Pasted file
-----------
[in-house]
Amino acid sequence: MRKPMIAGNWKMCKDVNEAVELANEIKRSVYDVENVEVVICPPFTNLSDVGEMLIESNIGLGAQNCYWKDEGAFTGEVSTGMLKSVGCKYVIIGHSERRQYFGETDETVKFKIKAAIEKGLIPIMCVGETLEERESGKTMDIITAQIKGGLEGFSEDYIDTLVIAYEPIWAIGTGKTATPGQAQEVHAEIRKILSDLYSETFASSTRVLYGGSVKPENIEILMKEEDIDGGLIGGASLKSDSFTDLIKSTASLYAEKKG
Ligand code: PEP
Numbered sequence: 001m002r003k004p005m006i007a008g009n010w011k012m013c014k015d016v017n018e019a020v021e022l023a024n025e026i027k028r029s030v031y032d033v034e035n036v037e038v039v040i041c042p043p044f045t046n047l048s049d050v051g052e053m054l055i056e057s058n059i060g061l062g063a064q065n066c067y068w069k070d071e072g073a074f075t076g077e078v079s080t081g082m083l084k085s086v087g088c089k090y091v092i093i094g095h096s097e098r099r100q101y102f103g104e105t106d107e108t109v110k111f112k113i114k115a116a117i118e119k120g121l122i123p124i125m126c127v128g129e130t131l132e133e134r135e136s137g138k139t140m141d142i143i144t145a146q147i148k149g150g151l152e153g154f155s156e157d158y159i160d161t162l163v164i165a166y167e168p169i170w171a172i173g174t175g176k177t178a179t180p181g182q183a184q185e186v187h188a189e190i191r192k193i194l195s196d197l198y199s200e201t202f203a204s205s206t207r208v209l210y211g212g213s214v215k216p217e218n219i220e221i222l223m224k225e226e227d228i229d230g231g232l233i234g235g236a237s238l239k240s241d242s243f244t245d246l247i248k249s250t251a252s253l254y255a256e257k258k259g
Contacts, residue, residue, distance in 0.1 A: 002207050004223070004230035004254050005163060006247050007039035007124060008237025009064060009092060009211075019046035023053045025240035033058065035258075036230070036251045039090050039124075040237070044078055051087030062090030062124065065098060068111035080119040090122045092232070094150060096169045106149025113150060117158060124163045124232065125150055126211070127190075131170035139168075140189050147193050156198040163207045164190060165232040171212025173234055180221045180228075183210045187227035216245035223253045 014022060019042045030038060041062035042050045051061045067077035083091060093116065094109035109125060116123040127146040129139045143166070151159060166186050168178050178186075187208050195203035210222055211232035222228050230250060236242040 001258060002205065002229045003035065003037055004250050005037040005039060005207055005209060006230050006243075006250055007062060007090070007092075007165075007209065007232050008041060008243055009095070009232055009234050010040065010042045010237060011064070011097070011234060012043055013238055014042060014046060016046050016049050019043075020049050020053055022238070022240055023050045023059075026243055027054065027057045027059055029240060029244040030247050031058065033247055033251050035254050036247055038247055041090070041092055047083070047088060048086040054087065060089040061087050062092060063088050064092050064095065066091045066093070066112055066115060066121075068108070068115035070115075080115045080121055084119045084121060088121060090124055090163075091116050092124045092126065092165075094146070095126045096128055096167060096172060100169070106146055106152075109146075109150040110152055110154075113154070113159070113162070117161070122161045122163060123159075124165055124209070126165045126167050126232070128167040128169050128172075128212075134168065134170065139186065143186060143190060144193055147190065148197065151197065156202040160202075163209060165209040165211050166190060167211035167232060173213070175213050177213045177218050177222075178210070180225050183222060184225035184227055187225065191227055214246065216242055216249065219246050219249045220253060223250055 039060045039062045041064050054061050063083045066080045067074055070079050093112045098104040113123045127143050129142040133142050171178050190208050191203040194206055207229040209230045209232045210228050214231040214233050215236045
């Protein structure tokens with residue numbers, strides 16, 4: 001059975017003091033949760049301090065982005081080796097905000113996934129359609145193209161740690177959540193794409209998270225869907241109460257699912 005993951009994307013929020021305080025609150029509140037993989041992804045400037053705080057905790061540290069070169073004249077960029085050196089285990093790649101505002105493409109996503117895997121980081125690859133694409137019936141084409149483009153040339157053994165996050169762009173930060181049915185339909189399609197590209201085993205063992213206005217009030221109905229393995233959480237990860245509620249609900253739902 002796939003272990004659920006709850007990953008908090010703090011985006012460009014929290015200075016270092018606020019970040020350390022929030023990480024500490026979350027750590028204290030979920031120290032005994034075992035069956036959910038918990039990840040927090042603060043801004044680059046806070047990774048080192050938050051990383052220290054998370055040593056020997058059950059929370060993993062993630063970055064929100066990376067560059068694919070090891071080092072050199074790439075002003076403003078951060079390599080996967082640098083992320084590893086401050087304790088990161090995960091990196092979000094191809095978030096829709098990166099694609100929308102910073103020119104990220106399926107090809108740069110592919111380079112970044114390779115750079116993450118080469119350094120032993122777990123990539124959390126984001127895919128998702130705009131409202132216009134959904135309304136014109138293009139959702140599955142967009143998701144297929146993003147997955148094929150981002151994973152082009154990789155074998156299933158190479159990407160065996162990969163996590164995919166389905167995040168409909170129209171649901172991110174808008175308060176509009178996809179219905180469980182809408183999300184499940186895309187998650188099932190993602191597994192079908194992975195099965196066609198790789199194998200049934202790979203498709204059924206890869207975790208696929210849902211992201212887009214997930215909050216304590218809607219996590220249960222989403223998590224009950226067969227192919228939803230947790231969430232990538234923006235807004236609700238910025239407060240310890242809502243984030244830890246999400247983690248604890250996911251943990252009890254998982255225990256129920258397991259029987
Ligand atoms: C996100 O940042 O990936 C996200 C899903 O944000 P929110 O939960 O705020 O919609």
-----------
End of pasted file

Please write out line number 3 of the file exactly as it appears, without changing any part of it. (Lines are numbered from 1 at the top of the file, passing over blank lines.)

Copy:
Ligand code: PEP